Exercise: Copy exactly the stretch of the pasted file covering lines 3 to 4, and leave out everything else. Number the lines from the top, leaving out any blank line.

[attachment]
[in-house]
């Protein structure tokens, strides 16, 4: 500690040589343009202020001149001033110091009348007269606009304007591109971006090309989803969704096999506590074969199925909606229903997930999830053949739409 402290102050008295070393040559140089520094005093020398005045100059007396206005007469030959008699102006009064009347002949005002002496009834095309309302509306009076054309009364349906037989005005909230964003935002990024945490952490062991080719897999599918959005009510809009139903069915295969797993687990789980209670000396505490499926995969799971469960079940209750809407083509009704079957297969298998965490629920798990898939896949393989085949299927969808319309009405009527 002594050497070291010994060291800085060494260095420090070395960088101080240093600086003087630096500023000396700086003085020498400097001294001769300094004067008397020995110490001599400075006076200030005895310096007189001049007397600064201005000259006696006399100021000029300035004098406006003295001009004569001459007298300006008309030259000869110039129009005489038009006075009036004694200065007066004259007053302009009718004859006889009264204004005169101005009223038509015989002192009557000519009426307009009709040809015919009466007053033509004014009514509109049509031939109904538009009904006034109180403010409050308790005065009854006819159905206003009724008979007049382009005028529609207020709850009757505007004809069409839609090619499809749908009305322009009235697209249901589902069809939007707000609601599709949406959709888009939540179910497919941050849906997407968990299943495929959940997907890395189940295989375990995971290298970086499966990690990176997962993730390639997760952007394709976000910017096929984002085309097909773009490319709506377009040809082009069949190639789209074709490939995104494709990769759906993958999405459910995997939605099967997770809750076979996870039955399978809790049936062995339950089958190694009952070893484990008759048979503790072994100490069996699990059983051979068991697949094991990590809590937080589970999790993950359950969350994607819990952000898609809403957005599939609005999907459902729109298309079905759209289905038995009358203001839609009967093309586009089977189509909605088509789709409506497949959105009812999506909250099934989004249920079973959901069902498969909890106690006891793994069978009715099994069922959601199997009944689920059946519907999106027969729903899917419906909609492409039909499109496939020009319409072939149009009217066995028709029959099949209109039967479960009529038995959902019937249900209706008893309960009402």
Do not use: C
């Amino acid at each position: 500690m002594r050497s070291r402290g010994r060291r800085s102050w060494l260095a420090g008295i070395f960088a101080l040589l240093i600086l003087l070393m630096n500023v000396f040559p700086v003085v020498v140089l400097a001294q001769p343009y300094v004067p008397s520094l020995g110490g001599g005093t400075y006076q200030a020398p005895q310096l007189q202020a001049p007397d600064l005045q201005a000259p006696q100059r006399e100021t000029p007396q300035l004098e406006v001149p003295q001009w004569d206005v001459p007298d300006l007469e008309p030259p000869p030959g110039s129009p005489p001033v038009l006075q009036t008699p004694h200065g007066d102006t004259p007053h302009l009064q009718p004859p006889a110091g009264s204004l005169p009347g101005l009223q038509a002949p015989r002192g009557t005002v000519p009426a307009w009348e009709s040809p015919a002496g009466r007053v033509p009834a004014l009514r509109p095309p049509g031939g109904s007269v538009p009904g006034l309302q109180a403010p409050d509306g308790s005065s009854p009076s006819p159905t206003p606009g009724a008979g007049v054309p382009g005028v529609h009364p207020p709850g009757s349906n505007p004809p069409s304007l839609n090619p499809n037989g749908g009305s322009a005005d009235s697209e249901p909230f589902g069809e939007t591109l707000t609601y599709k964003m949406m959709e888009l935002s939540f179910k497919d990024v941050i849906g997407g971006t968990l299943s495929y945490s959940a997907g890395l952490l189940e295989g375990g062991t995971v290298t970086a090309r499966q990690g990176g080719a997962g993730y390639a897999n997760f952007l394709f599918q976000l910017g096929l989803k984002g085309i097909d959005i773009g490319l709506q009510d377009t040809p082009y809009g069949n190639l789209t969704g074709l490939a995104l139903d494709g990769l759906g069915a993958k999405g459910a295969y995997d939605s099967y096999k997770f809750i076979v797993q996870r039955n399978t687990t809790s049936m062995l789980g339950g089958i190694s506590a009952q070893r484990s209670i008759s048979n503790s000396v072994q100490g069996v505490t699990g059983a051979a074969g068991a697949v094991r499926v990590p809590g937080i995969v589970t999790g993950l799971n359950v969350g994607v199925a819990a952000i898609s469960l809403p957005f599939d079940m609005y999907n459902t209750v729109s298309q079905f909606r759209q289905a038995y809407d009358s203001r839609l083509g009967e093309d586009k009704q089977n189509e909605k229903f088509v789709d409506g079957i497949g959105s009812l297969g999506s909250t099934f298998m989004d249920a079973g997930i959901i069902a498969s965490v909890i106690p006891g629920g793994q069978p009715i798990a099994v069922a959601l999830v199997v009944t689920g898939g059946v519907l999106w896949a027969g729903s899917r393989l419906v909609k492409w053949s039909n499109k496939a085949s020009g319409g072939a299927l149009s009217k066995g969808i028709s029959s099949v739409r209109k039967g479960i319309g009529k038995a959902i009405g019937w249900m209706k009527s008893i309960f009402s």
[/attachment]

Do not use: C
């Amino acid at each position: 500690m002594r050497s070291r402290g010994r060291r800085s102050w060494l260095a420090g008295i070395f960088a101080l040589l240093i600086l003087l070393m630096n500023v000396f040559p700086v003085v020498v140089l400097a001294q001769p343009y300094v004067p008397s520094l020995g110490g001599g005093t400075y006076q200030a020398p005895q310096l007189q202020a001049p007397d600064l005045q201005a000259p006696q100059r006399e100021t000029p007396q300035l004098e406006v001149p003295q001009w004569d206005v001459p007298d300006l007469e008309p030259p000869p030959g110039s129009p005489p001033v038009l006075q009036t008699p004694h200065g007066d102006t004259p007053h302009l009064q009718p004859p006889a110091g009264s204004l005169p009347g101005l009223q038509a002949p015989r002192g009557t005002v000519p009426a307009w009348e009709s040809p015919a002496g009466r007053v033509p009834a004014l009514r509109p095309p049509g031939g109904s007269v538009p009904g006034l309302q109180a403010p409050d509306g308790s005065s009854p009076s006819p159905t206003p606009g009724a008979g007049v054309p382009g005028v529609h009364p207020p709850g009757s349906n505007p004809p069409s304007l839609n090619p499809n037989g749908g009305s322009a005005d009235s697209e249901p909230f589902g069809e939007t591109l707000t609601y599709k964003m949406m959709e888009l935002s939540f179910k497919d990024v941050i849906g997407g971006t968990l299943s495929y945490s959940a997907g890395l952490l189940e295989g375990g062991t995971v290298t970086a090309r499966q990690g990176g080719a997962g993730y390639a897999n997760f952007l394709f599918q976000l910017g096929l989803k984002g085309i097909d959005i773009g490319l709506q009510d377009t040809p082009y809009g069949n190639l789209t969704g074709l490939a995104l139903d494709g990769l759906g069915a993958k999405g459910a295969y995997d939605s099967y096999k997770f809750i076979v797993q996870r039955n399978t687990t809790s049936m062995l789980g339950g089958i190694s506590a009952q070893r484990s209670i008759s048979n503790s000396v072994q100490g069996v505490t699990g059983a051979a074969g068991a697949v094991r499926v990590p809590g937080i995969v589970t999790g993950l799971n359950v969350g994607v199925a819990a952000i898609s469960l809403p957005f599939d079940m609005y999907n459902t209750v729109s298309q079905f909606r759209q289905a038995y809407d009358s203001r839609l083509g009967e093309d586009k009704q089977n189509e909605k229903f088509v789709d409506g079957i497949g959105s009812l297969g999506s909250t099934f298998m989004d249920a079973g997930i959901i069902a498969s965490v909890i106690p006891g629920g793994q069978p009715i798990a099994v069922a959601l999830v199997v009944t689920g898939g059946v519907l999106w896949a027969g729903s899917r393989l419906v909609k492409w053949s039909n499109k496939a085949s020009g319409g072939a299927l149009s009217k066995g969808i028709s029959s099949v739409r209109k039967g479960i319309g009529k038995a959902i009405g019937w249900m209706k009527s008893i309960f009402s």